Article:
Will Sun's Eclipse Mark Greatest Crisis of the War?

[This article appeared on page 59 of the Plain Dealer, June 2, 1918.]

On June 8 there will occur one of the greatest sky phenomenon, and eclipse of the sun, total to a large portion of this country.

That this eclipse may mark the greatest crisis of the war is held to be possible. Added interest is attached to this belief in view of the fact that during the first month of the war there was a total eclipse of the sun visible over all of Europe lasting three and one-half hours.

Astronomers say the solar eclipse of June 8 will last five and one-fourth hours. In this connection it is interesting to recall an old belief that the effect of an eclipse lasts the number of years equal to the number of hours of its duration. Since the war has been going on practically as many years as was the duration in hours of the August 1914 eclipse, some claim the length of the forthcoming eclipse indicates that there will be over five more years of war.

On June 8 the moon in its travels around the earth will cast between the earth and the sun a shadow 167 miles wide, and this shadow, which will appear at a time of day when it will be visible to a large proportion of the world's population, will travel over the earth at the rate between 1,000 and 5,000 miles an hour.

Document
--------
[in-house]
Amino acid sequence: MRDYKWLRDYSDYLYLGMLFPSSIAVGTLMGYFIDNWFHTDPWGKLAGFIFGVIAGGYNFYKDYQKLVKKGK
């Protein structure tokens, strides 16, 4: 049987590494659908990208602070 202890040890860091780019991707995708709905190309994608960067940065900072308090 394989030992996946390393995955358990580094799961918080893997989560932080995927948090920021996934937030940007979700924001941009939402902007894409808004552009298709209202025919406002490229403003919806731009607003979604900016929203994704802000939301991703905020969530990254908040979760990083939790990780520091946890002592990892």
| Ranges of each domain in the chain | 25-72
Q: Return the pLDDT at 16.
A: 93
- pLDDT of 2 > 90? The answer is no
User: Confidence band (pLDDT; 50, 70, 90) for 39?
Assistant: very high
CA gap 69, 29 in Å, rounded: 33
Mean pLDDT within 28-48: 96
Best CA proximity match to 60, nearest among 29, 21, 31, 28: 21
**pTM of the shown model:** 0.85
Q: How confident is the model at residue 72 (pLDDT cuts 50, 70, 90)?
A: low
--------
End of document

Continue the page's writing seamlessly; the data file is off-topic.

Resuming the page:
The shadow will appear first at sunrise on June 9 (it will be June 8 in the United States) on the little island of Borodino off the coast of Japan. It will then sweep eastward and, having by this time attained a speed of thirty-three miles a minute, will arrive two and fifteen minutes later, or at 2:55 p.m., Pacific time, at the mouth of the Columbia River in Washington state.

For the next forty-seven minutes, people in every part of the United States — in those sections, of course, favored with clear skies — will be privileged to witness an eclipse of the sun such as has not been seen in this country in a great many years.

The last great eclipse observed in America was that of May 28, 1900, but the one this year will surpass it both in total path length and the available territory which it covers.

Caption: Map showing path of total eclipse in the United States and approximate time at which the eclipse will occur,